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  • Current manuscript: I hit a bump in the road this week with chapter seven of Traitor’s Moon. It’s a common occurrence for me to underestimate how many words it will take to get from point A to point B. There were, I thought, just a few quick threads to cover before the highly anticipated attack scene and its aftermath. I was wrong. The story insisted on telling itself, and I had to follow along obediently or lose some great content. Anyway, those few quick threads became the entirety of chapter seven, meaning the aforementioned scenes will now be featured in chapter eight. Word count now stands at 54,000+.
  • Have a look at some of the great reviews I’ve received this week for Expectant Moon!

“Wow. Just wow. This book was wonderfully written, a ton of fun to read, and the plot was great. I seriously haven’t gotten this much enjoyment out of a book in a long time. I read it through kindle unlimited but liked it so much that I’m buying it. I just have to have this for my permanent collection.”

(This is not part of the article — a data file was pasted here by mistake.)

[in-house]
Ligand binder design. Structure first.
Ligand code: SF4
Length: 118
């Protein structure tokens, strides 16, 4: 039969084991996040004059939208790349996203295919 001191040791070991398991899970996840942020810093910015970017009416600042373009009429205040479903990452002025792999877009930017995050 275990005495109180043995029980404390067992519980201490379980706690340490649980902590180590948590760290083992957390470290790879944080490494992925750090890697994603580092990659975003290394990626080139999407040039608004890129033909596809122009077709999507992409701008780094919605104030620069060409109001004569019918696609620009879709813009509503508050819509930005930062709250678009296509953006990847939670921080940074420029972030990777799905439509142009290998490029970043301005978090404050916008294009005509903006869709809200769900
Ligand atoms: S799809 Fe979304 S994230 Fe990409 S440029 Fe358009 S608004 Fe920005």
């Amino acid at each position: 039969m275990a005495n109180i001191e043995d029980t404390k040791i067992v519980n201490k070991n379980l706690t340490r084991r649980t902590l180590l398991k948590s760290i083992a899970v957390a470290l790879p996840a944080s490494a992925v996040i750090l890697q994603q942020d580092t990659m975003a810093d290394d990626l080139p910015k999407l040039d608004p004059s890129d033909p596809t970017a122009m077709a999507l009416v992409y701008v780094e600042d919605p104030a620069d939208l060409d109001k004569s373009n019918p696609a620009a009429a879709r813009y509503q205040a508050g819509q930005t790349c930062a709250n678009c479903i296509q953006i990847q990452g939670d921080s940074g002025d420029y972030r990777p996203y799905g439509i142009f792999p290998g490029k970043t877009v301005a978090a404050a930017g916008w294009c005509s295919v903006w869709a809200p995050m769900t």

“OMG, what a wonderful amazing imagination in this book!!! I can’t wait to read the second in this series. Amazing twists and turns.”

“Wow, wow, wow. Absolutely took my breath away…amazing, beautiful, delightful, intense, naughty, and I loved every moment. You Rock!”

  • I love hearing what my readers have to say about my books, as it affirms my work and motivates me to keep writing. I can’t tell you how many times I have been discouraged, only to be uplifted by a great review or friendly email. As a rule, I usually only leave reviews if I can give the author four or five stars. If you feel the need to give a book three or less, consider contacting the author directly to share your concerns, instead of leaving a scathing review. Words have great power so be careful!
  • Bumper stickers are rare these days, but everybody seems to have a T-shirt with something on it. Check these out:

“In my defense, I was left unsupervised.”

“Patience is a virtue, It’s just not one of MY virtues.”

“I turn beer into pee. What’s your superpower?”

“No need to repeat yourself, I ignored you just fine the first time.”

“Some days the supply of curse words is insufficient to meet the demand.”

“I thought growing old would take longer.”

“If I was a bird, I know who I’d shit on.”

“Being cremated is my last hope for a smoking hot body.”